It seems, from your narrative, that you are unwilling to break it off with this group of friends that has fallen under her spell. If it's true that you are unwilling to break it off with them, you need to confront her, openly, with her conduct. For example: "Your habit of Googling people and trying to humiliate them with what you find is really childish." -- "I realize what you are doing, trying to manipulate John's mental illness so he will be amusing to you."

The benefit of confronting her is manifold: It will give you the satisfaction of having been strong in the face of an out-of-control manipulator and bully; it will perhaps foment a collective sense of "we're sick of this bitch," and turn the opinion of your group against the bully; it will perhaps make her more careful about her behavior (realizing that she will face a confrontation from you every time she does something crappy might actually have an effect on her conduct); it will show what the other members of the social circle are "made of," i.e., if they take her side, then you probably should dump them as friends. As I see it, if there is actually truth in what you are saying --- not just a personality clash --- then your friends, if they are quality people at all, will inevitably agree with you. If they don't agree with you, then either you are wrong about her, or your friends suck and should be dumped.

If your friends are decent people, and worth keeping as friends, and yet they take her side, then things probably aren't as crystal clear as you are saying they are.
posted by jayder at 5:43 PM on December 11, 2007

You need to have a shunning - google it up.
posted by Pressed Rat at 6:20 PM on December 11, 2007

What can I possibly do?

Nothing, because once you start trying to force other people to see it your way, you're as bad as she is.
posted by ThePinkSuperhero at 6:57 PM on December 11, 2007 [5 favorites]

Don't get caught up in the drama. If you really think she is being childish, ignore it, don't associate with her & especially don't encourage more drama by telling your friends how awful she is (from her POV, you are just manipulating them against her, etc). Just make it clear you aren't her friend, let people know if they talk about her or ask you that you think she's a bad influence, but basically, drop it. If your friends think she's fun and eccentric, that's their right. Be the adult.
posted by mdn at 7:07 PM on December 11, 2007 [1 favorite]

She always attends social functions, uninvited,

So someone just tells her where and when the functions are, but doesn't invite her?

Echoing what 45moore45 said above, you are ascribing way too much power to this individual. She may encourage bad behaviour, but I guarantee she didn't invent it or somehow magically make your friends engage in it. And the fact that they tolerate and enjoy the shenanigans rests on them, not her.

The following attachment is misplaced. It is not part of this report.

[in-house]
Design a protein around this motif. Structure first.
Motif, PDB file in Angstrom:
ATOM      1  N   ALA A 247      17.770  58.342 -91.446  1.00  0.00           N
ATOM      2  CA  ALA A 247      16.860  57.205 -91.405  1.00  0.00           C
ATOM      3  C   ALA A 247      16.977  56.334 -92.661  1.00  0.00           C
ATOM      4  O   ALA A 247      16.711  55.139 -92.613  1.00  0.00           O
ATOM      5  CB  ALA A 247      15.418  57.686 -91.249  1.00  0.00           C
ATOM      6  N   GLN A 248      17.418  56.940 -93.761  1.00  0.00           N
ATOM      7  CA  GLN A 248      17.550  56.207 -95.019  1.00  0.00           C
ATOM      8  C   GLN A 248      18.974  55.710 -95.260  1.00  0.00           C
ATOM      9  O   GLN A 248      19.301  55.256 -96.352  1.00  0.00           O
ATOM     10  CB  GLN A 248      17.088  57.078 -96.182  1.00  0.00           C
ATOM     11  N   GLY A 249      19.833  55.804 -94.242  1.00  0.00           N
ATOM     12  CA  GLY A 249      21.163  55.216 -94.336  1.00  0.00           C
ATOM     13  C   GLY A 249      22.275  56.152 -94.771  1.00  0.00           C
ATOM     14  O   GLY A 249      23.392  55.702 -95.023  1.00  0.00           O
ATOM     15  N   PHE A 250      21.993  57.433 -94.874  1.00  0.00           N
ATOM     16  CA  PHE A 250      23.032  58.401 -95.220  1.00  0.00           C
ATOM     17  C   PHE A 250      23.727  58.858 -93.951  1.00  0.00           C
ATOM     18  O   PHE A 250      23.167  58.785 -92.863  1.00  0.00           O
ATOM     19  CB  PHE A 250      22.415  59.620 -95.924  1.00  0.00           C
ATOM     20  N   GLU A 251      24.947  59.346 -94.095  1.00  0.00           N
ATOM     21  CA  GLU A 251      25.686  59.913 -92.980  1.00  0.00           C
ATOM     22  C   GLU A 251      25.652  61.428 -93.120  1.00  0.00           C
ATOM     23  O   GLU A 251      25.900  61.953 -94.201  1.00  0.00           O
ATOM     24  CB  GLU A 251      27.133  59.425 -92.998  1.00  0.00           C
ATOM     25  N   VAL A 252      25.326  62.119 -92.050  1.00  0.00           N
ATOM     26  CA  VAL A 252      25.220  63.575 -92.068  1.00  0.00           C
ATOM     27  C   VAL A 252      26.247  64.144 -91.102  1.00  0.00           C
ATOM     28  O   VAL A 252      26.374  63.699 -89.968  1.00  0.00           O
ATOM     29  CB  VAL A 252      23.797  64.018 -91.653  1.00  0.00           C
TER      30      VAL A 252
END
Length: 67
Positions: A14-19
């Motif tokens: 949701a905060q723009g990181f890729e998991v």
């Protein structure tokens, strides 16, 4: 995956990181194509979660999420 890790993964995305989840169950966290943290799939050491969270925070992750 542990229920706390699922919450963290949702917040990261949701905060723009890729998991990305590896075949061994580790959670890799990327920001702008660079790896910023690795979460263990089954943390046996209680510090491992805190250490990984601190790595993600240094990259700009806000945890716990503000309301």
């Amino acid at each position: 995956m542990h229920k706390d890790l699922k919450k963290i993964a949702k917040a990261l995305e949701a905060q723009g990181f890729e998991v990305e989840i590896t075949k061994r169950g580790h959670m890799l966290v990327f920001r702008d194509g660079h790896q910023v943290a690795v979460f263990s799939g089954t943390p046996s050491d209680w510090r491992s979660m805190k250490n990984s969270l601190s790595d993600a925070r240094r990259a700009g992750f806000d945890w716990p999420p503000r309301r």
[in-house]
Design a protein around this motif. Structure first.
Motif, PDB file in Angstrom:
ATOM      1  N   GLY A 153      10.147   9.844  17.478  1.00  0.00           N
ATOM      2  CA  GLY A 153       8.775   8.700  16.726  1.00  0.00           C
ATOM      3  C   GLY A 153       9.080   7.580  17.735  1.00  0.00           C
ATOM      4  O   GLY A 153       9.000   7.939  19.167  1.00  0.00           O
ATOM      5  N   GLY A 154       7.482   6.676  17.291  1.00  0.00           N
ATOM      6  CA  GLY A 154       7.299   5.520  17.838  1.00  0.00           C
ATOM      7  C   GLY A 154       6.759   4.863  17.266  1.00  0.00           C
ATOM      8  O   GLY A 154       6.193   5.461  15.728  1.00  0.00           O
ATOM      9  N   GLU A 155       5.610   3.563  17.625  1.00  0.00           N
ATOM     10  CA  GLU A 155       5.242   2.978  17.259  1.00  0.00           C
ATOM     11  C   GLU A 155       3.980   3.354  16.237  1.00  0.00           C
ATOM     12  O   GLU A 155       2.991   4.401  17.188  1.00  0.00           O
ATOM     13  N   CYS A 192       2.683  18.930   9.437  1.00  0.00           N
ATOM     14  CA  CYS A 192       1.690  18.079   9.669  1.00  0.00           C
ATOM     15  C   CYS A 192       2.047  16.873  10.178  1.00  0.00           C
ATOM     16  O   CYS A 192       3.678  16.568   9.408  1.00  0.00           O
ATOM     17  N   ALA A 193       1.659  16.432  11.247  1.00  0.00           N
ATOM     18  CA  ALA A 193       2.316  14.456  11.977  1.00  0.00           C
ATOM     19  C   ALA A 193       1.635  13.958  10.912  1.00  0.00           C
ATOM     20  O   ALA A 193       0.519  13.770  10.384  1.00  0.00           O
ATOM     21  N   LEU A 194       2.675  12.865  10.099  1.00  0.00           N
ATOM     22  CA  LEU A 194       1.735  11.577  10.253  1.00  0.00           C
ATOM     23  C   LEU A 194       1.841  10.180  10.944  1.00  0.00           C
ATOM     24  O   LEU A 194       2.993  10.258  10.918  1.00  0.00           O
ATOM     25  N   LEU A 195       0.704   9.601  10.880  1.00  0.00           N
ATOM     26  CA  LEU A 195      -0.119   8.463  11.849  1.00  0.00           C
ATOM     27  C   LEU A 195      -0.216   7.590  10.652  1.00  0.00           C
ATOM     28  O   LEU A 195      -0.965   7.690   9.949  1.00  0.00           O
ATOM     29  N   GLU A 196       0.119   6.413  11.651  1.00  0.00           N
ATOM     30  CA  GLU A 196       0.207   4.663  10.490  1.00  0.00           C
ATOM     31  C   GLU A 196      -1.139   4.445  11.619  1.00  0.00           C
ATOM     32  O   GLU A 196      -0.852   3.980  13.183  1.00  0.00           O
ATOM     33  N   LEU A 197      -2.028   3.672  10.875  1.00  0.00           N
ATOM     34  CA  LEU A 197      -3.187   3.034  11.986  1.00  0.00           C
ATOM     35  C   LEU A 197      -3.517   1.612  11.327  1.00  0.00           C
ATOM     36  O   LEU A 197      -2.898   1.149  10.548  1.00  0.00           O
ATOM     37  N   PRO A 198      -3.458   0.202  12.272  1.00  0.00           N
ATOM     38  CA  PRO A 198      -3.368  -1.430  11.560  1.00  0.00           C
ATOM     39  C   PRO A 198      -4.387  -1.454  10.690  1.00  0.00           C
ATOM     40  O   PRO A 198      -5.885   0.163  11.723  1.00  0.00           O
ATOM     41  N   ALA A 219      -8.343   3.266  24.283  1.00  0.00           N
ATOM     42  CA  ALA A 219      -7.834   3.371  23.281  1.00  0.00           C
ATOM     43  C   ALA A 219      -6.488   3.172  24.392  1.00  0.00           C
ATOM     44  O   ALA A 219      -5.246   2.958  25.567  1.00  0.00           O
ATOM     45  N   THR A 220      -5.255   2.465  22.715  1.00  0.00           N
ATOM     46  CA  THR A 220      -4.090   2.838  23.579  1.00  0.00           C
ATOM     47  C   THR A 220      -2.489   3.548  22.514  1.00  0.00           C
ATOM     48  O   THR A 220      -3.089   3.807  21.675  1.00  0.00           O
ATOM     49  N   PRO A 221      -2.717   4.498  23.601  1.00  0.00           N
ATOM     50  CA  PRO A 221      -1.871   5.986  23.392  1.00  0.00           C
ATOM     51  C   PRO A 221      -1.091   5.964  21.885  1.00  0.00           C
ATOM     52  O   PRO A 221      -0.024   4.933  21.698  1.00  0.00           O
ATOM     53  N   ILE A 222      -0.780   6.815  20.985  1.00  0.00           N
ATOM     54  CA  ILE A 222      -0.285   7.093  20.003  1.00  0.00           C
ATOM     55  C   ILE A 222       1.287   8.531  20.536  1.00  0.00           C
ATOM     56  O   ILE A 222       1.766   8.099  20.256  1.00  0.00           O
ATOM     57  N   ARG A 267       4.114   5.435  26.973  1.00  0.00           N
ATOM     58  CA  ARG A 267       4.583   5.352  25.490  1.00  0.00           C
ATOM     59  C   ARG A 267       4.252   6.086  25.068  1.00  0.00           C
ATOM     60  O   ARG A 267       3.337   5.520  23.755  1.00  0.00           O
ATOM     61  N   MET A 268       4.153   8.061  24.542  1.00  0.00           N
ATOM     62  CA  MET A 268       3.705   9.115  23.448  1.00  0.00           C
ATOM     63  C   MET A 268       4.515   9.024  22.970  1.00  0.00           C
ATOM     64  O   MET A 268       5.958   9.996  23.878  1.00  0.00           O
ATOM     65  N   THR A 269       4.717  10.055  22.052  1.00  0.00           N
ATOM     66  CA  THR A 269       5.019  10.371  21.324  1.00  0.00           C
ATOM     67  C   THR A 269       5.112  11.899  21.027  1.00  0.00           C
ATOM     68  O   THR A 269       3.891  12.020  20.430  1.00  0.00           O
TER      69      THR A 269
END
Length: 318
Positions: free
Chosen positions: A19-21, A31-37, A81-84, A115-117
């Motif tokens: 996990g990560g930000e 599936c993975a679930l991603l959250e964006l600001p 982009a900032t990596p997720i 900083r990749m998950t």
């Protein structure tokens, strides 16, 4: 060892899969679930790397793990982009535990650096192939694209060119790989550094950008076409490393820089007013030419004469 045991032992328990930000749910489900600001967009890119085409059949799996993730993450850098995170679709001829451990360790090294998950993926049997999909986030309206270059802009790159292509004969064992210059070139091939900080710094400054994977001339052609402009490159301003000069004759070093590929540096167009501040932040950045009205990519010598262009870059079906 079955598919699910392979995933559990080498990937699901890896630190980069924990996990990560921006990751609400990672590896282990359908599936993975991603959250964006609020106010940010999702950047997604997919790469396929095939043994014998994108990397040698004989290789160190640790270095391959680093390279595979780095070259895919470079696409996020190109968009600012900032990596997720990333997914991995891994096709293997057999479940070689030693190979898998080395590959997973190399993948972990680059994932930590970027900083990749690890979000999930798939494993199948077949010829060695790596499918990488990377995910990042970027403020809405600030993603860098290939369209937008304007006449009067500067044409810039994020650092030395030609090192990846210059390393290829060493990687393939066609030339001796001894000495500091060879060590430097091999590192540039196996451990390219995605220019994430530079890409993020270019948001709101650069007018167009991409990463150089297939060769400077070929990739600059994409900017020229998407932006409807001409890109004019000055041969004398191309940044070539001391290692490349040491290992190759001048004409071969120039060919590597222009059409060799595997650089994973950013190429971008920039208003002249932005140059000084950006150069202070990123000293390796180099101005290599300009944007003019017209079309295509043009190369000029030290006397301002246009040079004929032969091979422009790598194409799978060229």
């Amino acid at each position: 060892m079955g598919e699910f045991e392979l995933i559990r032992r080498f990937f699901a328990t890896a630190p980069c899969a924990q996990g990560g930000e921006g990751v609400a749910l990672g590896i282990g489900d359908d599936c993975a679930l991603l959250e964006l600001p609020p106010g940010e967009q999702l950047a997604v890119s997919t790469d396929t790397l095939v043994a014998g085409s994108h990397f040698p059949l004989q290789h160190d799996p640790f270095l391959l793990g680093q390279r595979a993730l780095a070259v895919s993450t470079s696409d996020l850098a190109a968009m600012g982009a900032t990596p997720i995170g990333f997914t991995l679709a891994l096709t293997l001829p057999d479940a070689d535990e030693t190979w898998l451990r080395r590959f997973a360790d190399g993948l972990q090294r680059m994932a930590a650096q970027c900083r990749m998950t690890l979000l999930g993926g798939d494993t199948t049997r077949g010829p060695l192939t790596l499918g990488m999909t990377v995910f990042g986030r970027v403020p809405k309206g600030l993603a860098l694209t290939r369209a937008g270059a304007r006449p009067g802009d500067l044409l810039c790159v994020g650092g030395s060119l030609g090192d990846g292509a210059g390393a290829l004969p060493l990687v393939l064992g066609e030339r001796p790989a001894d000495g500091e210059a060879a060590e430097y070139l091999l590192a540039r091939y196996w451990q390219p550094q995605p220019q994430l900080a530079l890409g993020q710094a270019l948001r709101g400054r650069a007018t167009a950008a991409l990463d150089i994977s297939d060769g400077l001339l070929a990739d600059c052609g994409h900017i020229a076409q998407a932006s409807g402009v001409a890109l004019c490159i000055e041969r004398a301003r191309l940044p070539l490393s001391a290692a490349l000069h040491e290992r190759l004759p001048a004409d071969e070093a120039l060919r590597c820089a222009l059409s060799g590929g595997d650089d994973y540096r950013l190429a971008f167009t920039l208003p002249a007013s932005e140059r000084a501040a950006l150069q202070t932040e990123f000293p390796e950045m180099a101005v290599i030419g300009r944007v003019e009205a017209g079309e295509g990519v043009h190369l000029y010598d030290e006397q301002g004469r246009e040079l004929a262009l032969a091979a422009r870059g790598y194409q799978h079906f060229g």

I agree with others that what you can do for yourself is to simply not engage. However, any visions you have of rescuing your innocent group of friends from this one vile influence have been informed by one too many Nosferatu legends -- your friends are just people being people, and making choices you don't agree with.
posted by tkolar at 7:15 PM on December 11, 2007 [2 favorites]

If it's true that you are unwilling to break it off with them, you need to confront her, openly, with her conduct.

Confronting her is unlikely to be useful because it's basically impossible to "reach" true sociopaths. At best you will provide a new challenge for her to overcome. Any sort of prolonged battle is doomed to failure; you can't win against people who love war and misery. You can confront your friends though and it's pretty curious as why you haven't done so yet. Tell your friends how you feel, make it clear to them that you are deeply distressed by having to be around this person and let them know that you'll be making every effort to avoid said person for your own mental health. How your friends respond once they know your feelings is completely up to them though and this is the risk; they might sympathize and agree with you or they might decide you're being melodramatic and begin avoiding you. Still, simply sharing your feelings with them in the most forthright manner possible and laying down some terms is the best way to change the situation though you might not like the changes it brings about.
posted by nixerman at 11:16 PM on December 11, 2007 [1 favorite]

So I had this girlfriend in high school, and after we started dating a lot of my friends stopped hanging around. I didn't really notice, because I was in love and all that (plus getting laid, which is always handy in high school.)

After things turned sour, we broke up, and suddenly all my friends started calling again, within a few days of the breakup -- even though I hadn't told them. Turned out they didn't like her, but didn't want to interfere with my happiness, so they just drifted away until the relationship fizzled.

Arguably, this is what sane people do when bad people enter their lives through their friends -- they drift away until that person is gone, or forever if need be. Nothing dramatic, nothing bridge-burning.
posted by davejay at 12:01 AM on December 12, 2007 [1 favorite]